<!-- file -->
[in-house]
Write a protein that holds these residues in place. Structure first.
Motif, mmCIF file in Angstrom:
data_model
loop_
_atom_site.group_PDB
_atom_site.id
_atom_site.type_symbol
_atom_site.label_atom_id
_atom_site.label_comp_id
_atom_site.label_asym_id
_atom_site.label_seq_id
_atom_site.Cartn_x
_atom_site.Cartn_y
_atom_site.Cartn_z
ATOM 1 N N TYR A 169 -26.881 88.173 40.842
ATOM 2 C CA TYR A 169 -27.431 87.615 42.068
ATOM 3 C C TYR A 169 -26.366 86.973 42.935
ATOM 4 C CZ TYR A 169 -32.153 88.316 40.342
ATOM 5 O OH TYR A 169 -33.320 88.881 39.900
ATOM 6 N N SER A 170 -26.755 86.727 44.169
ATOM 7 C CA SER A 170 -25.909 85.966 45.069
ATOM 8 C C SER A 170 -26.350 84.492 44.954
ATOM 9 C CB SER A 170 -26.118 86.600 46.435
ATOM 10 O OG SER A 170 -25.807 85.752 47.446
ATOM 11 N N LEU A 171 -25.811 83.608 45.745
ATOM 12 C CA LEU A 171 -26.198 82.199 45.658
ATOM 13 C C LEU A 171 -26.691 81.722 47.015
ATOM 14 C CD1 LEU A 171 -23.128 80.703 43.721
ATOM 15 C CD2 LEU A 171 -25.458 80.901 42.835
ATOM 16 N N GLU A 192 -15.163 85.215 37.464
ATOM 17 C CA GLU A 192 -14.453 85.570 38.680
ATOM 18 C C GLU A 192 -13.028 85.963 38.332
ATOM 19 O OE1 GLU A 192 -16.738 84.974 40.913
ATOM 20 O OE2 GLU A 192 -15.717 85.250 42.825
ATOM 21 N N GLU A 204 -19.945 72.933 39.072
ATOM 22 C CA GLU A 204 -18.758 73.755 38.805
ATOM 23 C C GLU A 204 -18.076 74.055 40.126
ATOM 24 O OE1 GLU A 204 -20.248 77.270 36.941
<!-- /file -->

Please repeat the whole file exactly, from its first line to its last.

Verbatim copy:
[in-house]
Write a protein that holds these residues in place. Structure first.
Motif, mmCIF file in Angstrom:
data_model
loop_
_atom_site.group_PDB
_atom_site.id
_atom_site.type_symbol
_atom_site.label_atom_id
_atom_site.label_comp_id
_atom_site.label_asym_id
_atom_site.label_seq_id
_atom_site.Cartn_x
_atom_site.Cartn_y
_atom_site.Cartn_z
ATOM 1 N N TYR A 169 -26.881 88.173 40.842
ATOM 2 C CA TYR A 169 -27.431 87.615 42.068
ATOM 3 C C TYR A 169 -26.366 86.973 42.935
ATOM 4 C CZ TYR A 169 -32.153 88.316 40.342
ATOM 5 O OH TYR A 169 -33.320 88.881 39.900
ATOM 6 N N SER A 170 -26.755 86.727 44.169
ATOM 7 C CA SER A 170 -25.909 85.966 45.069
ATOM 8 C C SER A 170 -26.350 84.492 44.954
ATOM 9 C CB SER A 170 -26.118 86.600 46.435
ATOM 10 O OG SER A 170 -25.807 85.752 47.446
ATOM 11 N N LEU A 171 -25.811 83.608 45.745
ATOM 12 C CA LEU A 171 -26.198 82.199 45.658
ATOM 13 C C LEU A 171 -26.691 81.722 47.015
ATOM 14 C CD1 LEU A 171 -23.128 80.703 43.721
ATOM 15 C CD2 LEU A 171 -25.458 80.901 42.835
ATOM 16 N N GLU A 192 -15.163 85.215 37.464
ATOM 17 C CA GLU A 192 -14.453 85.570 38.680
ATOM 18 C C GLU A 192 -13.028 85.963 38.332
ATOM 19 O OE1 GLU A 192 -16.738 84.974 40.913
ATOM 20 O OE2 GLU A 192 -15.717 85.250 42.825
ATOM 21 N N GLU A 204 -19.945 72.933 39.072
ATOM 22 C CA GLU A 204 -18.758 73.755 38.805
ATOM 23 C C GLU A 204 -18.076 74.055 40.126
ATOM 24 O OE1 GLU A 204 -20.248 77.270 36.941